Back in 2002 the bodies of thousands of soldiers serving in Napoleon Bonaparte's Grande Armée were found in a mass grave outside Vilnius. They had perished during Napoleon's hubristic, gruelling eastward advance in 1812, with the purpose of conquering Russia.
Another bleak and depressing tale of shattered ambition arose over the weekend in the Lithuanian capital. Great Britain's Davis Cup team were defeated 3-2 by Lithuania in their Euro/Africa Group II tie in Vilnius, a result nothing short of humiliating. Excuse, if you will, the rather graphic metaphor - but The Cynical Challenge doesn't quite know whether to remove one's cap and pay respects at the graveside, or to stick another knife in the corpse.
Actually that's not true. It's definitely time to put the boot in.
For once, though, the target of ire shouldn't be the players. There have been times in the recent past when Great Britain's Davis Cup players have shouldered responsibility in defeat. One thinks particularly of Alex Bogdanovic, the loser of six live singles rubbers in Davis Cup matches. Despite being the current British number 2 singles player, 'Boggo' has not been selected for a Davis Cup tie since 2008, thanks largely to what has been seen as a suspect attitude. And he has an awful nickname, though that's less his fault.
This time around, though, like Leonidas at the Battle of Thermopylae, hell, like Jedward in the X-Factor, the British players can retain some pride in a losing effort. Credit goes to doubles pairing Ken Skupski and Colin Fleming (rather dubiously dubbed 'Flemski' by the press), who breezed through their rubber in four sets.
Meanwhile the performances of 19-year-old Dan Evans and his 23-year-old counterpart James Ward were courageous and at times promising. But as the BBC's Jonathan Overend points out in a frank interview in the aftermath of the defeat in Vilnius, it was not for lack of effort that the pair lost out over the weekend's singles rubbers. It was lack of quality that did for them.
Ultimately, responsibility lies squarely on the shoulders of the LTA. Britain, Andy Murray aside, has consistently failed to produce players of a good enough calibre to defeat teams like Lithuania. Never mind Lithuania - it should never have come to this. Britain should be producing players able to come through previous ties against stronger teams - the likes of Austria, Poland and the Ukraine.
Instead, the LTA has shown unbelievable hubris. As has been pointed out by many, the LTA's annual budget for producing talent is over £40m; the Lithuanians had a mere £90,000. But after a series of damaging defeats across East/Central Europe which make Operation Barbarossa look like a cakewalk, Britain now languish one match away from Europe Group III and some unwelcoming ties against the likes of Armenia, San Marino, Moldova and Malta. As a tabloid might put it (and who wouldn't love to see this in print?) Vilnius was truly GB's Stalingrad.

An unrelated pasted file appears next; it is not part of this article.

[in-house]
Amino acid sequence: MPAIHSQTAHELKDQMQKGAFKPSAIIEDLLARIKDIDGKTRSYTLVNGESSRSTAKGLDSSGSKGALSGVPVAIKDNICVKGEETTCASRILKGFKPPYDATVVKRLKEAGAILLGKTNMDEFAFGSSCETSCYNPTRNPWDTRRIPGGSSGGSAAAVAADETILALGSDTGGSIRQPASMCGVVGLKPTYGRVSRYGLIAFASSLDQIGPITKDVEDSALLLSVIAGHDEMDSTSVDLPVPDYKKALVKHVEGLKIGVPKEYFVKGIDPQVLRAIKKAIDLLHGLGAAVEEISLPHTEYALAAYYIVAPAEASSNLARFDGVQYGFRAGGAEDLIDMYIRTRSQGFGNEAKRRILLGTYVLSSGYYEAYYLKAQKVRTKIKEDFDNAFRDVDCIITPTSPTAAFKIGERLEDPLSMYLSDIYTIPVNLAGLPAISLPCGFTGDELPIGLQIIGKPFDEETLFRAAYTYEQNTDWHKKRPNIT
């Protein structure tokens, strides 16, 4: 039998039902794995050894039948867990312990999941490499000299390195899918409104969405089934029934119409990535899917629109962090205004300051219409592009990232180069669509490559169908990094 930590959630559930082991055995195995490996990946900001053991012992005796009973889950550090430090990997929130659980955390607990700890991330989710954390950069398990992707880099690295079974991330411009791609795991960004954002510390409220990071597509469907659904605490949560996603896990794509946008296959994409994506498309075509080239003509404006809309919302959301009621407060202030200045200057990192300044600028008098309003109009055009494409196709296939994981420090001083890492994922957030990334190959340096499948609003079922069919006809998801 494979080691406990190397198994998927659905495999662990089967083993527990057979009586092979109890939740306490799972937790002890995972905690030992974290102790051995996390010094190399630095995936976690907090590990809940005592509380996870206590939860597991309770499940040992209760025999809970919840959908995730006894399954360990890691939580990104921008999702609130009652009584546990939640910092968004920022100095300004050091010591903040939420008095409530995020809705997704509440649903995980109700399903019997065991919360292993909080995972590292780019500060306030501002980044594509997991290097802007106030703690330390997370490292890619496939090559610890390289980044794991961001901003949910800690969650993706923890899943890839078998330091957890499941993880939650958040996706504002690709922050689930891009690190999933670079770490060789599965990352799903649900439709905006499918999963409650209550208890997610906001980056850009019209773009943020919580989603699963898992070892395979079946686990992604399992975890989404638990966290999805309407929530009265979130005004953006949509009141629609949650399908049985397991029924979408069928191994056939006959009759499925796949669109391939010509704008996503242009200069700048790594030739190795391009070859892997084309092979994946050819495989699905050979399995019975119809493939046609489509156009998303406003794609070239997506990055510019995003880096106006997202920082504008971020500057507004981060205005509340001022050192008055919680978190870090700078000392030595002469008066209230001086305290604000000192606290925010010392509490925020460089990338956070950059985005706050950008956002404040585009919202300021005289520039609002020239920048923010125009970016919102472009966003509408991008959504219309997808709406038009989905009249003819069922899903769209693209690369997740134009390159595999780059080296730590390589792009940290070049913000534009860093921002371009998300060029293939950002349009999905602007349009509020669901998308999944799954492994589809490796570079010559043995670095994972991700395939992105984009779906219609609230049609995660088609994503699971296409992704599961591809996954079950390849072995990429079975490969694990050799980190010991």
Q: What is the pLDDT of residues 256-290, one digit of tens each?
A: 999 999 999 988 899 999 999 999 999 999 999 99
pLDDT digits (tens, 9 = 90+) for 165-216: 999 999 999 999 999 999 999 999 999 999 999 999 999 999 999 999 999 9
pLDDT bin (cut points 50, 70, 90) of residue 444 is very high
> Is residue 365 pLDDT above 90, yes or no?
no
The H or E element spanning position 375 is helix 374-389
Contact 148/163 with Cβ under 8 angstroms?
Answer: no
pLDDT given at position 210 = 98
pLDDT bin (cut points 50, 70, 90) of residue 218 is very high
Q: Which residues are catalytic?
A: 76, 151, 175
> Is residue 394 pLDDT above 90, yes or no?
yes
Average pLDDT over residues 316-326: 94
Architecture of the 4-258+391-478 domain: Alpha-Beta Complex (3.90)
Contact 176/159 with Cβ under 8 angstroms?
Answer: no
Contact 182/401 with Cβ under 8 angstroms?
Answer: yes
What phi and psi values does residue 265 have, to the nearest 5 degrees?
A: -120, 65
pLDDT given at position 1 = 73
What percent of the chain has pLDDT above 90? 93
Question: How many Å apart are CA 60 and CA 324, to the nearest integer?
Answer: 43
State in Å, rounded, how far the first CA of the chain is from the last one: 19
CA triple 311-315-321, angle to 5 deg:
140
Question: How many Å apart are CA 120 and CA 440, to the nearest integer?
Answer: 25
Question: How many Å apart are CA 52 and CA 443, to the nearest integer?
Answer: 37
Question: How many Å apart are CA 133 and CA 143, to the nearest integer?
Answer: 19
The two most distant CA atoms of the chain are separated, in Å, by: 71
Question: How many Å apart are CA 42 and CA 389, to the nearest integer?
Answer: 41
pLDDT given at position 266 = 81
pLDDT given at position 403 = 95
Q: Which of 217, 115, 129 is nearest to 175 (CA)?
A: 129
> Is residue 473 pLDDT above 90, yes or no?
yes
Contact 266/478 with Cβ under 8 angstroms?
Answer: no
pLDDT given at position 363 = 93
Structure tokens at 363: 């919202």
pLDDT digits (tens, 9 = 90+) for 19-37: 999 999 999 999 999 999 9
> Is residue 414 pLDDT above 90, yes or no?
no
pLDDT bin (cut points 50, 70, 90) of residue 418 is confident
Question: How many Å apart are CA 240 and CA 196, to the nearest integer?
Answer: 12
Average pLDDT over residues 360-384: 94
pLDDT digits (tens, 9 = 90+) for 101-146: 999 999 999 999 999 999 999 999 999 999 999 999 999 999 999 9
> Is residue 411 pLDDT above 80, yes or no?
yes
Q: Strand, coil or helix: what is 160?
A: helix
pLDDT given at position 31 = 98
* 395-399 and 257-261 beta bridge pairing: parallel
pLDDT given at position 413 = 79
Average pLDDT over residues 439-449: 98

Appearances suggest the LTA is currently operating the biggest waste of resources in British sport. It earned £29.2m in 2009 in profits from the Wimbledon Championships. A further £14m was earned in sponsorship and commercial partnerships such as that provided by AEGON, who as an insurance company who ask their customers to "rely on our resilience and experience to help them plan for their financial futures" should really have spent their money more wisely. According to the LTA's 2009 annual report, the organisation has also secured a further sum of up to £26m over the next four years from Sport England - a public body which draws from tax revenues. Yes, that's right, your money is being spent on this failure, and plenty of it.
And where does it go?
£40m has been spent on the new tennis centre at Roehampton, south-west London, which opened to great fanfare in 2007. It has 22 courts, which is good, and a hydrotherapy unit, which is probably not an entirely necessary facility for producing tennis players. Either way, it has been criticised in some quarters as, well, a bit of a waste, not least in the Daily Mail, in its own imitable (but on this occasion pertinent) way:
The LTA spent £500,000 last year financing its elaborate canteen at Roehampton's National Tennis Centre, which is five times the annual budget for Lithuanian tennis. As [Dan] Evans could testify, all the five-star nutritional dishes in the world are not much help when you are faced with a deciding rubber against a hungry East European feeding off constant adrenalin refills from hugely patriotic support.
Not sure if that reference to "a hungry East European" isn't a tiny bit racist, mind.
And then there's the six-figure salaries to top coaches, £2.2m per annum by some estimates to men such as Paul Annacone, Peter Lundgren and Brad Gilbert, none of whom have really cut the mustard. In Lundgren's case, a rather embarrassing episode in 2007 culminated in the Swede, who had previously successfully coached Roger Federer and Marat Safin, being placed on gardening leave before being moved on.
The millions of pounds being spent with no end product is a diabolical misuse of valuable assets. The contrast could not be clearer, coming in the wake of the Vancouver Winter Olympics, where Amy Williams won gold in the skeleton despite the British Olympic Association having received only £6.5m investment in winter sports in the last four years.
The first decade of the 21st century taught us that money helps sport and athletes to thrive. I give you Chelsea FC as a case in point. The second decade has already revealed, through Portsmouth FC in particular, that hubris, mismanagement and financial excess in sport are liable to be severely punished. The LTA is no exception, and heads will roll.